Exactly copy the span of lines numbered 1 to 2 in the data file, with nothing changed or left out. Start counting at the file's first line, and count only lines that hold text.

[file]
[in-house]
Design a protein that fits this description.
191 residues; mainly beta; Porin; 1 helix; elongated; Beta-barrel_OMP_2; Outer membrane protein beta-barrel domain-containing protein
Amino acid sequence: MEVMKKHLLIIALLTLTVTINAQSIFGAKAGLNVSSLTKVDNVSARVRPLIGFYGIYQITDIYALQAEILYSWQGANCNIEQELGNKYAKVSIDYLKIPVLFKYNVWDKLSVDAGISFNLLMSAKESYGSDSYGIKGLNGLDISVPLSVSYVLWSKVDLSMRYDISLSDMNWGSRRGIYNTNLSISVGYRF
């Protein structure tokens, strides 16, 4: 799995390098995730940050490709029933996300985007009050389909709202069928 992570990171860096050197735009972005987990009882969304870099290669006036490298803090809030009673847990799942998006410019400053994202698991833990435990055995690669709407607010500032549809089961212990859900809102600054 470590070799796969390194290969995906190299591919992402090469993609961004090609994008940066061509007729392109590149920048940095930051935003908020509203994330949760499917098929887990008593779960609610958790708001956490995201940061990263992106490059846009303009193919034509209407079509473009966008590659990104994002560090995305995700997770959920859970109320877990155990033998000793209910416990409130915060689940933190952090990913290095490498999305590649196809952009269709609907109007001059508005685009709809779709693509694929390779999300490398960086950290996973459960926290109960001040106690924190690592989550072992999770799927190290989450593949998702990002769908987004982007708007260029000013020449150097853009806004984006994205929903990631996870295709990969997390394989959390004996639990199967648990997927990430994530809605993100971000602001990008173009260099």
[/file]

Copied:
[in-house]
Design a protein that fits this description.